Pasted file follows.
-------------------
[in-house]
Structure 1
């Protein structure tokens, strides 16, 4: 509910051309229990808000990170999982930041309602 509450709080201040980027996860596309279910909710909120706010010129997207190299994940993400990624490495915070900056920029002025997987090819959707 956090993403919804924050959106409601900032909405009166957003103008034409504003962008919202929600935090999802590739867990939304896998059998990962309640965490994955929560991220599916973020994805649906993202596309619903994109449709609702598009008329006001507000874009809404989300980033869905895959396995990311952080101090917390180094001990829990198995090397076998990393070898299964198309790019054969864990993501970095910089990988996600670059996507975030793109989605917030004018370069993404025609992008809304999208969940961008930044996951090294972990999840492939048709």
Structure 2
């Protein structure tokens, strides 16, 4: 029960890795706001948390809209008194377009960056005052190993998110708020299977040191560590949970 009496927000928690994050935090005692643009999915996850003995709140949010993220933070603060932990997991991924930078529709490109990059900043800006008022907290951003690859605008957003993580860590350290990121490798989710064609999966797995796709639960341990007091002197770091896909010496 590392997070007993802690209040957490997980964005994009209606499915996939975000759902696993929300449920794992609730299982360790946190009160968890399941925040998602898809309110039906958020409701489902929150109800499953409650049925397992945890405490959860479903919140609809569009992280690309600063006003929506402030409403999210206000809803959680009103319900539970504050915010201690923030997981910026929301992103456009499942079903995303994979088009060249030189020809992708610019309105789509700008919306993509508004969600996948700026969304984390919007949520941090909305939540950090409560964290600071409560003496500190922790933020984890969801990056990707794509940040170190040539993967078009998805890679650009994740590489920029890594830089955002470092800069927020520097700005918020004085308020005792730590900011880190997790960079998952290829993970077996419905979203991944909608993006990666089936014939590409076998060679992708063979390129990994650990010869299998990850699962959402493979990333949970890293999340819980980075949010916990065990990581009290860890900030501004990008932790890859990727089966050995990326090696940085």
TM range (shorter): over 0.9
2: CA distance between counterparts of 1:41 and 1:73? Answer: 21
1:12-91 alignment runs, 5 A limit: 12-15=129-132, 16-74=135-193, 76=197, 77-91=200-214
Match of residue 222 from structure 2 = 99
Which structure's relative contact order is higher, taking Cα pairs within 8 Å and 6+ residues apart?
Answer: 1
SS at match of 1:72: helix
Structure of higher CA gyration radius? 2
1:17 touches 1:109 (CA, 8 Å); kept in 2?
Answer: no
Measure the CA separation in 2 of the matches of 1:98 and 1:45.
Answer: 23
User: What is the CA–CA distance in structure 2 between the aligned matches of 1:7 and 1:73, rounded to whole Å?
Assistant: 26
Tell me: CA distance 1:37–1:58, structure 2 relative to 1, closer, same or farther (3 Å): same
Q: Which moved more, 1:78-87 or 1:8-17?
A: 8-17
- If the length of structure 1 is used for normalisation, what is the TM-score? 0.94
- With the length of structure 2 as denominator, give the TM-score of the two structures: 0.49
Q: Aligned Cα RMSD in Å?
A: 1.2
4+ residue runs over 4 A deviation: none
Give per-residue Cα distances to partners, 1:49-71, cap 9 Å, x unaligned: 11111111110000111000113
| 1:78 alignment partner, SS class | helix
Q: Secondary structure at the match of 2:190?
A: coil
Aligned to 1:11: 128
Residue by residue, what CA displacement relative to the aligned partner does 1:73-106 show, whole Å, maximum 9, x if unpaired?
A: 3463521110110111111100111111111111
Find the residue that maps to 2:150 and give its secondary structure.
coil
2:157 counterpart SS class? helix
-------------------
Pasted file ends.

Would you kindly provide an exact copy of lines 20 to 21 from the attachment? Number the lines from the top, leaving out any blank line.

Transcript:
Tell me: CA distance 1:37–1:58, structure 2 relative to 1, closer, same or farther (3 Å): same
Q: Which moved more, 1:78-87 or 1:8-17?